Team:KU Leuven/Human Practices/HannahArendt



Secret garden

Congratulations! You've found our secret garden! Follow the instructions below and win a great prize at the World jamboree!

  • A video shows that two of our team members are having great fun at our favourite company. Do you know the name of the second member that appears in the video?
  • For one of our models we had to do very extensive computations. To prevent our own computers from overheating and to keep the temperature in our iGEM room at a normal level, we used a supercomputer. Which centre maintains this supercomputer? (Dutch abbreviation)
  • We organised a symposium with a debate, some seminars and 2 iGEM project presentations. An iGEM team came all the way from the Netherlands to present their project. What is the name of their city?

Now put all of these in this URL:, (loose the brackets and put everything in lowercase) and follow the very last instruction to get your special jamboree prize!

tree ladybugcartoon

Hannah Arendt

You are here!


The borders of synthetic biology

The End User

Our idea is being supported!


Ensuring the future of science


Lectures for the general public


We were in the news!

The critical reading of Hannah Arendt is part of our new developed approach, which is bottom-up structured.
The aim is to explain why iGEM (and as a consequence our team) would like to make contact with the general public. In this contribution we will investigate how the public may judge developments in synthetic biology based on a reading of the philosopher Hannah Arendt and her interpretation of the notion of judgment as it is found within Immanuel Kant's philosophy.

The iGEM-team from Heidelberg in 2008, concluded that "[o]nly a well-informed public is able to develop a non-prejudiced and profound opinion about synthetic biology” (iGEM team Heidelberg, 2008). They argued that it was necessary to inform the public about the uses, potentials and practices of synthetic biology and therewith enable the public to have an informed opinion on the developments in synthetic biology. The students from Heidelberg are not the only ones that feel the need to close to gap between the public and the scientist concerning developments related to genetic manipulation and the synthetization of DNA. In much of the recent literature it is argued that in order to bypass the hostility of the general public towards new developments in genetic engineering, a new approach has to be found which brings the scientist and the citizen closer together (Schmidt et al, 2008) (Sture & Whitby, 2012). This paper will investigate how the public may judge developments in synthetic biology based on a reading of the philosopher Hannah Arendt and her interpretation of the notion of judgment as it is found within Immanuel Kant's philosophy. It appears that Arendt's understanding of judgment is close to the goals of iGEM and that of particular teams aiming to popularize science and make the scientific process more transparent. However, her focus on the need for a common sense of the public as a prerequisite for judgment points to possibly significant problems when spreading knowledge on synthetic biology.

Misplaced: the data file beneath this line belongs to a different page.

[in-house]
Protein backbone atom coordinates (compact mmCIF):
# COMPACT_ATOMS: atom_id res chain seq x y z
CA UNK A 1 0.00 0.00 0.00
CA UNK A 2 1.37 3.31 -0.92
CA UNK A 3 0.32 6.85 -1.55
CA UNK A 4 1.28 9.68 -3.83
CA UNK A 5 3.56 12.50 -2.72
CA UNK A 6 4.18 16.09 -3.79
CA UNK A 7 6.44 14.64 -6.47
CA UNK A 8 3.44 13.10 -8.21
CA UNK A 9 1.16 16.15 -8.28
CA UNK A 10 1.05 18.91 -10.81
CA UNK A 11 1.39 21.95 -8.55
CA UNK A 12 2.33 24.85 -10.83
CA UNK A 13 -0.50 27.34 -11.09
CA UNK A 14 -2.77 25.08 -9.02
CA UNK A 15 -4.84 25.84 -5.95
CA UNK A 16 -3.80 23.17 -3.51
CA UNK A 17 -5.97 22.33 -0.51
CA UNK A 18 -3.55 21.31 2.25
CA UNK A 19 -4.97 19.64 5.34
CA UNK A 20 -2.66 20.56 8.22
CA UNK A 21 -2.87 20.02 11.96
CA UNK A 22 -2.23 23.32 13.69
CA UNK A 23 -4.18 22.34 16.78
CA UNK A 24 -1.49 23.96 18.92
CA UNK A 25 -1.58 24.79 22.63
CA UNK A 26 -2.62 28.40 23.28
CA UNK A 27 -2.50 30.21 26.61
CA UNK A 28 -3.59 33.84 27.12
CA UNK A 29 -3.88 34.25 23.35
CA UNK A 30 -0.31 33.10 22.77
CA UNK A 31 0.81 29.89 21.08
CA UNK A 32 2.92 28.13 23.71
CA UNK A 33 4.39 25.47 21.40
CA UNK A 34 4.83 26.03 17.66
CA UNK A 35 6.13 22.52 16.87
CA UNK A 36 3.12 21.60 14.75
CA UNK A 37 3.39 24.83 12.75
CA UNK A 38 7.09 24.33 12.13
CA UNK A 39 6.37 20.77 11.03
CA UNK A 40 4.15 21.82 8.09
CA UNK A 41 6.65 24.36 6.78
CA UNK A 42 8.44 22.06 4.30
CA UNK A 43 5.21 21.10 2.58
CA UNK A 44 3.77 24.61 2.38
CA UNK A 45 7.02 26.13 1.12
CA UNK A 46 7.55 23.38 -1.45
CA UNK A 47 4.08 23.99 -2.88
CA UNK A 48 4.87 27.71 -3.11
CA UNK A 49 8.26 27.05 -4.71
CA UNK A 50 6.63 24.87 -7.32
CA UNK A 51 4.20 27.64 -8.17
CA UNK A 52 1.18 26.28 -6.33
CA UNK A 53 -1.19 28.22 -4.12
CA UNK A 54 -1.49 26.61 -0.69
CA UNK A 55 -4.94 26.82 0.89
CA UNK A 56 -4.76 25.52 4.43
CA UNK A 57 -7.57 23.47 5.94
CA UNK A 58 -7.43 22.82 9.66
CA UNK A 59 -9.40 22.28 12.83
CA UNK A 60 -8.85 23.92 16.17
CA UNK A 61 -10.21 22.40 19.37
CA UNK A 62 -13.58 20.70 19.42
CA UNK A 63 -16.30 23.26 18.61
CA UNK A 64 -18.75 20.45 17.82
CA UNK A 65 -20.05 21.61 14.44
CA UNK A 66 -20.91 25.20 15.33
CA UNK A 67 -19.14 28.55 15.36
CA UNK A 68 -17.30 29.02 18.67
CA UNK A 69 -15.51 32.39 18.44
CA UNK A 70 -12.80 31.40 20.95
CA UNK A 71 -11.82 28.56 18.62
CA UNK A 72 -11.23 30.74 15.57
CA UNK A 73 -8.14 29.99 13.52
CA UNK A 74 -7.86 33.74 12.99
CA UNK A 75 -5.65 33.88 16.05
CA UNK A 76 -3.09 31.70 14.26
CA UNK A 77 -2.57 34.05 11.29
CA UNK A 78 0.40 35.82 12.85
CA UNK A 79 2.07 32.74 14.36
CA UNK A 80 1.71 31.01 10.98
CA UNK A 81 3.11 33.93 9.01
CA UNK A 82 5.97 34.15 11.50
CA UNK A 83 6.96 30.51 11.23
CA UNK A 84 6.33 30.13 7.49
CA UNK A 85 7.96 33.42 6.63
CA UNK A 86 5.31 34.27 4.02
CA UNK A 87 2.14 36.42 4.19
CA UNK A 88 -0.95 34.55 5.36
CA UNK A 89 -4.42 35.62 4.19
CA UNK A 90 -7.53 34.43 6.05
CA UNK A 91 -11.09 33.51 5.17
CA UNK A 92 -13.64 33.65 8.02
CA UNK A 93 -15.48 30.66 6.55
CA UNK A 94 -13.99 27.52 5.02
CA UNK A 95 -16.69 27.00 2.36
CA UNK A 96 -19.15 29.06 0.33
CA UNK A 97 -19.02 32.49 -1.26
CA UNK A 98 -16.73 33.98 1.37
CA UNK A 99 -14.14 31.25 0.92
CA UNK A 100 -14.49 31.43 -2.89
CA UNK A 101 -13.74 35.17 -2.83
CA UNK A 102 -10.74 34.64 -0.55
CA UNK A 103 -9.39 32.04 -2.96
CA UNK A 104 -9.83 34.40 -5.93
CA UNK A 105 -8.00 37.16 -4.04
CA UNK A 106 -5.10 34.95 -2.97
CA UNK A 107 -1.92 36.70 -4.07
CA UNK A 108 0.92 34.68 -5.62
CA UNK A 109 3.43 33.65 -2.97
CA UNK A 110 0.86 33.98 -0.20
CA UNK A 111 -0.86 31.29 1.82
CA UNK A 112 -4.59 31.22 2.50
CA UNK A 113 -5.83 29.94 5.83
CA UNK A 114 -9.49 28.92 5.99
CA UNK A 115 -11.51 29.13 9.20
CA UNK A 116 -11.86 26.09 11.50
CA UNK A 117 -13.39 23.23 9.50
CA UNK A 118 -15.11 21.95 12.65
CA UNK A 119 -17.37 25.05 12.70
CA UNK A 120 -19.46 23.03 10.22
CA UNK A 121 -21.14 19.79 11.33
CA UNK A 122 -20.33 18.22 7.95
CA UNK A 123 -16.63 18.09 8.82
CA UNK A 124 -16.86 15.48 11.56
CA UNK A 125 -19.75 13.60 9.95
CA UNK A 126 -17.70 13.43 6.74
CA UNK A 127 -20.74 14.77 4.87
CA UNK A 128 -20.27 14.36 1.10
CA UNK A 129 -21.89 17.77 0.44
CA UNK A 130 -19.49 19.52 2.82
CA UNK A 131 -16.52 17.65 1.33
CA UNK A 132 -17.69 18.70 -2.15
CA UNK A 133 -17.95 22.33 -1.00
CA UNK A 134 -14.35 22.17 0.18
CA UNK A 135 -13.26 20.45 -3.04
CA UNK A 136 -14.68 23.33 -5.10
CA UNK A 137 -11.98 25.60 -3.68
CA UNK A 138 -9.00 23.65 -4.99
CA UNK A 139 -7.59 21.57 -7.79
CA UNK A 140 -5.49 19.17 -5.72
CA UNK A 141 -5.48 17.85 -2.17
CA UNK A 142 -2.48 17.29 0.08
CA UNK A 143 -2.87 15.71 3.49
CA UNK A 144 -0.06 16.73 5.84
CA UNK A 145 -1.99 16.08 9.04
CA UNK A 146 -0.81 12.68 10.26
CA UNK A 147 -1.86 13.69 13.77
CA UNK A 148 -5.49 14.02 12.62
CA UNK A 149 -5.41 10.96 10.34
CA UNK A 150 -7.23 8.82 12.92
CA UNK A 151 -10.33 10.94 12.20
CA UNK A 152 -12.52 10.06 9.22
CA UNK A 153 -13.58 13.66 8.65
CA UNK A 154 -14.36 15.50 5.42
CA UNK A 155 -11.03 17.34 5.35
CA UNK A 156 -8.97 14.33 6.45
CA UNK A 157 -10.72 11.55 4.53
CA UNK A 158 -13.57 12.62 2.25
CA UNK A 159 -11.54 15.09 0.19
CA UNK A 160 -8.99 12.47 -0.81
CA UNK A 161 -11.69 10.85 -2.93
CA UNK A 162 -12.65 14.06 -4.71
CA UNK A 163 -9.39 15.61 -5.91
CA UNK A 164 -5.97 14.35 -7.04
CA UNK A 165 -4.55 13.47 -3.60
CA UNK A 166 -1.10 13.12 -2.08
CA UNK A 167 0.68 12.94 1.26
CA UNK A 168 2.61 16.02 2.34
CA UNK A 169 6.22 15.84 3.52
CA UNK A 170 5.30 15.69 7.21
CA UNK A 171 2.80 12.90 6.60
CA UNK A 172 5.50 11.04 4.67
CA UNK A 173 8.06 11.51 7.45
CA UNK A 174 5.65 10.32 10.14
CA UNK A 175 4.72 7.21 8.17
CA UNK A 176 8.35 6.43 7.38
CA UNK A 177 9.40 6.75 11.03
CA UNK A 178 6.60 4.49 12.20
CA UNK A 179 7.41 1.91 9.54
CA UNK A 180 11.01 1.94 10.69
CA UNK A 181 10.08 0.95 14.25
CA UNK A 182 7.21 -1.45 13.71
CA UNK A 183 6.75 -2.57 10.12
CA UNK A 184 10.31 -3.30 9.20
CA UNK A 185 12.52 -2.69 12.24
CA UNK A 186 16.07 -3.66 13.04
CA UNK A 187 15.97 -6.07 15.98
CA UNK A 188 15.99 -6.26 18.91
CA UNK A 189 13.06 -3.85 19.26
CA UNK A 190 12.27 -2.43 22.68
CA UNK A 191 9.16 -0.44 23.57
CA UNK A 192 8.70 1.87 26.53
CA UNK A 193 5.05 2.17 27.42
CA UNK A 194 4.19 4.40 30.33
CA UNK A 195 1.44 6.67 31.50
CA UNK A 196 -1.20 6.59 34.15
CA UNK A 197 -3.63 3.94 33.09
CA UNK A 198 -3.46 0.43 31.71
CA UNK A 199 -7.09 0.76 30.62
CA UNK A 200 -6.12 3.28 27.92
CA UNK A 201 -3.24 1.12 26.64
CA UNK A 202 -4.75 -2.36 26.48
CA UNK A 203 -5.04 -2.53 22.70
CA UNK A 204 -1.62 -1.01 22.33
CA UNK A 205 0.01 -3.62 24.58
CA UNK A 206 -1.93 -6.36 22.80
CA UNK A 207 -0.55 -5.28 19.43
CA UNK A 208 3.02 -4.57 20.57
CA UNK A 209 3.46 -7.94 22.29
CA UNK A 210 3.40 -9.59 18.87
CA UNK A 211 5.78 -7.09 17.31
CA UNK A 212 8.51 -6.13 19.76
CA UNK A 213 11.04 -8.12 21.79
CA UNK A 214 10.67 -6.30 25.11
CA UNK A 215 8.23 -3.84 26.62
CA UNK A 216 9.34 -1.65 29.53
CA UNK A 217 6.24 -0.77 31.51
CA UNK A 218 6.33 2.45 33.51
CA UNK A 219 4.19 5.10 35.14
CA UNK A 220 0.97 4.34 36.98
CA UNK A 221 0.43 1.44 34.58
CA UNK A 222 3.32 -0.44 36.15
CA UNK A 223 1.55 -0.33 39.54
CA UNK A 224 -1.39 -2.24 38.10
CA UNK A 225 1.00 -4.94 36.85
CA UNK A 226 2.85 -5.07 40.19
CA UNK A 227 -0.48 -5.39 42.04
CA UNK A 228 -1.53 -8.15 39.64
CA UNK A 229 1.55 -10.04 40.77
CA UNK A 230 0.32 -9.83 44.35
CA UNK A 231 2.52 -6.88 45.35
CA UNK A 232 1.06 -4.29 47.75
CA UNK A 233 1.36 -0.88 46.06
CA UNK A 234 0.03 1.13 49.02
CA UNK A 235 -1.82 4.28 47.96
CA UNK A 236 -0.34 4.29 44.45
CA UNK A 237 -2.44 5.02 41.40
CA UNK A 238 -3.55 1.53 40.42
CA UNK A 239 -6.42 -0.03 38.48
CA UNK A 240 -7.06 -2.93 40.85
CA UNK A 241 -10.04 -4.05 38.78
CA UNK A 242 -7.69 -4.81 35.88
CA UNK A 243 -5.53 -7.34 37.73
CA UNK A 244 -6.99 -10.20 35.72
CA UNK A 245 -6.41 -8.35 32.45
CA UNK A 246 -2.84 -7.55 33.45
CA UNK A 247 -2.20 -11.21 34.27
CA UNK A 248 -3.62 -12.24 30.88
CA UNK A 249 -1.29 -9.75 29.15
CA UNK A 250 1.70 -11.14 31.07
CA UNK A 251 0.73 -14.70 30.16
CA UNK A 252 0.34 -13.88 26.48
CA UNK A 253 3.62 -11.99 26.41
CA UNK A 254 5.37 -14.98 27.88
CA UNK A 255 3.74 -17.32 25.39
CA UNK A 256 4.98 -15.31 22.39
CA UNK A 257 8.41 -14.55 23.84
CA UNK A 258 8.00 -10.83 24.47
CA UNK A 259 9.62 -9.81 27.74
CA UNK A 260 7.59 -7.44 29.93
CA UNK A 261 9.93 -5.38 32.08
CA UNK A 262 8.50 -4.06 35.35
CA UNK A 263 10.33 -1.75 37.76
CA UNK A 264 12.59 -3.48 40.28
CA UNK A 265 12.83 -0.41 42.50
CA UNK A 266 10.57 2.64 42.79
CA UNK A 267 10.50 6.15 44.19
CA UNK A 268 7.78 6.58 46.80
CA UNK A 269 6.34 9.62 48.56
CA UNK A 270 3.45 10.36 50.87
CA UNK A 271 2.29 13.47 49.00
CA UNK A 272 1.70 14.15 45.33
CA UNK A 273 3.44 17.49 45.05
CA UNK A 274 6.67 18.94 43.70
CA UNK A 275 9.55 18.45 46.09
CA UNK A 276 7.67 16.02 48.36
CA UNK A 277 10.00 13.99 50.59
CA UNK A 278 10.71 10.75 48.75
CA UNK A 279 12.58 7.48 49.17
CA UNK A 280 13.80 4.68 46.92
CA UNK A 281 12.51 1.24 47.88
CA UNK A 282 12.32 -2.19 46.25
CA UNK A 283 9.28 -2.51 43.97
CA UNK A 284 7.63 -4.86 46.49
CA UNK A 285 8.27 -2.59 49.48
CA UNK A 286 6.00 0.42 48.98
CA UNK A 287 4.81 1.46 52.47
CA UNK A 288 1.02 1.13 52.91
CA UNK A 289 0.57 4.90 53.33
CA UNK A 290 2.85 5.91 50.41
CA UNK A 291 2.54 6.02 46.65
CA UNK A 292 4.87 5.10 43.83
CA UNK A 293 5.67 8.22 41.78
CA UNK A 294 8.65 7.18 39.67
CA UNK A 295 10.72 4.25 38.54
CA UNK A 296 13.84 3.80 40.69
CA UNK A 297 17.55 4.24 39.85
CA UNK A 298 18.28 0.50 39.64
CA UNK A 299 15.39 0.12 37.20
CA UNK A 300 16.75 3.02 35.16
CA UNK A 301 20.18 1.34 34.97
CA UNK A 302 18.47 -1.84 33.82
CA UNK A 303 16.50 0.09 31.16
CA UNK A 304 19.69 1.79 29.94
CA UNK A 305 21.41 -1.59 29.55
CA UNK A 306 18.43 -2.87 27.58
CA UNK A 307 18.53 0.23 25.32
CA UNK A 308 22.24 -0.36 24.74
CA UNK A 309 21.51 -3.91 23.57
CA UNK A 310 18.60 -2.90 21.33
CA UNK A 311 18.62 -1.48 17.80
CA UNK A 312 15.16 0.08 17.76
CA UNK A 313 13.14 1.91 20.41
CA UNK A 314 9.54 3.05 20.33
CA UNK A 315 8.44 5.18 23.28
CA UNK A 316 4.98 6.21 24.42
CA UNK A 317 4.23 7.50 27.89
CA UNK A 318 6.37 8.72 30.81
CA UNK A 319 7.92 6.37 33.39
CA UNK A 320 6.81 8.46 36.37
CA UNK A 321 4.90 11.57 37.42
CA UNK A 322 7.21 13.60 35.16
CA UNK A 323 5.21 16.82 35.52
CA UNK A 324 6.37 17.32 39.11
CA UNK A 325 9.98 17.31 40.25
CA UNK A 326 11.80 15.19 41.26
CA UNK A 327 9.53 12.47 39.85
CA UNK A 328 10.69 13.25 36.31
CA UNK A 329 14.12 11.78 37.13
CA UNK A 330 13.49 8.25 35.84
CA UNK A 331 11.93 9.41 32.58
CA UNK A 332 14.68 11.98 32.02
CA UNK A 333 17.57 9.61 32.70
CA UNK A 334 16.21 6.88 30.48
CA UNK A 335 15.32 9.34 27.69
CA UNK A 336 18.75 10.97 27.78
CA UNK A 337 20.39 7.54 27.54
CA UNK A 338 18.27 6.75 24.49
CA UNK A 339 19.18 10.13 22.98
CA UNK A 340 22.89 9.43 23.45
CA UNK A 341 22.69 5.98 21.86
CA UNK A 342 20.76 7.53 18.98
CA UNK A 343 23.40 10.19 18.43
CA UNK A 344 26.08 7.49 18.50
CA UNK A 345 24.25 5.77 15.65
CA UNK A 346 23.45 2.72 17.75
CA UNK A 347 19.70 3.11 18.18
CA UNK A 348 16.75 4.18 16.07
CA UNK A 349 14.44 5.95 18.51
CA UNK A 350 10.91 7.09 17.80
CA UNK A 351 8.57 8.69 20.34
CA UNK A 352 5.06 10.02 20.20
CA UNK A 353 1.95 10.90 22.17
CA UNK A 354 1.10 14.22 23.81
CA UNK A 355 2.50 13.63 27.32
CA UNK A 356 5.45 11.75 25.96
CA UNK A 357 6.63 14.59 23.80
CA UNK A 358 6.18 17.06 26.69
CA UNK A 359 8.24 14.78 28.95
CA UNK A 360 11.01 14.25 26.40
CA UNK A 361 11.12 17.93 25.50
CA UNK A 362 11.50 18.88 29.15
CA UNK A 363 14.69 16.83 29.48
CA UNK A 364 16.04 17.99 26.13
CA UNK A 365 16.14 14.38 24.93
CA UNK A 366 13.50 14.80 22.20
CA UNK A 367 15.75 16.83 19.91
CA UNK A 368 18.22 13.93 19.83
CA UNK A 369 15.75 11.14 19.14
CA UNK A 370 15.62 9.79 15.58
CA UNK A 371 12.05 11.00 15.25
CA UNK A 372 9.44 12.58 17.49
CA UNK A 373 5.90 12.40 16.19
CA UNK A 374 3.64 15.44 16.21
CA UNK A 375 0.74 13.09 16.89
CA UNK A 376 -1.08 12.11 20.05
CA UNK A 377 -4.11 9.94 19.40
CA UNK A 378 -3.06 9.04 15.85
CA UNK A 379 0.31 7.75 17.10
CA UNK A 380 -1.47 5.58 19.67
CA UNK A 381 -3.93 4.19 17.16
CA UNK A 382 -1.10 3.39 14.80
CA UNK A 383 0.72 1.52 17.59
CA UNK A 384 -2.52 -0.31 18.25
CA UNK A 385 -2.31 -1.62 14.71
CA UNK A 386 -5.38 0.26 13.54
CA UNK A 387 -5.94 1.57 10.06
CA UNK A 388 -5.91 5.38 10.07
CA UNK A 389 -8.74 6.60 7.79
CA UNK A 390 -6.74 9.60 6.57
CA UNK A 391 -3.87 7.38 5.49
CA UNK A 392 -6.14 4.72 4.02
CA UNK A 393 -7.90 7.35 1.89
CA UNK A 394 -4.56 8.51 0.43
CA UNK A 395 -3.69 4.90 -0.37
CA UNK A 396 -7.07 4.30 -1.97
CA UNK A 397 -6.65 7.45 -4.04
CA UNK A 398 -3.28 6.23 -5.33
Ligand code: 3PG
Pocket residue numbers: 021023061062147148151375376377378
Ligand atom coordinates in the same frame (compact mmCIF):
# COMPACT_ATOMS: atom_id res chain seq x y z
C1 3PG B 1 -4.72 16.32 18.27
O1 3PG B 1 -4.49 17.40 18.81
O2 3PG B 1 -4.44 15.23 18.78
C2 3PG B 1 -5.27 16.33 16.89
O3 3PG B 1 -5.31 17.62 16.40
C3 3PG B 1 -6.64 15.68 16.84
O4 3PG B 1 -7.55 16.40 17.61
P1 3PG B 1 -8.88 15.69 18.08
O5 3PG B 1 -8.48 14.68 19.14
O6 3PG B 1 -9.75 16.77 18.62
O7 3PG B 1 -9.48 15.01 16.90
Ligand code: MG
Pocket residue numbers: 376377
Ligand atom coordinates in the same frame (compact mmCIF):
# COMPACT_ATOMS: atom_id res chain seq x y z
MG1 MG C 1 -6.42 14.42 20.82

It is commonly agreed that recent developments within synthetic biology are in need of ethical consideration because the potential of this new science is huge and the accessibility of this novel technique is not yet fully regulated and can easily spread. Most reviews on ethical issues in synthetic biology concern themselves with the biosafety and biosecurity, and if you are lucky it also discusses justice related aspects of synthetic biology. Biosafety deals with threats to humans and the ecosystem that might occur in the case of accidents, whereas the biosecurity aspect deals with the danger when an individual, group or government with bad intentions lay their hands on this new technology in order cause harm. Next to the fact an ethical evaluation based on these two aspects seems to be a quite narrow interpretation, namely a risk-analysis, of what an ethical evaluation ought to be, it most often does not discuss, or dismisses, the concerns that the synthesization of a genome has on the public that feels weary about the possibility of creating new life forms.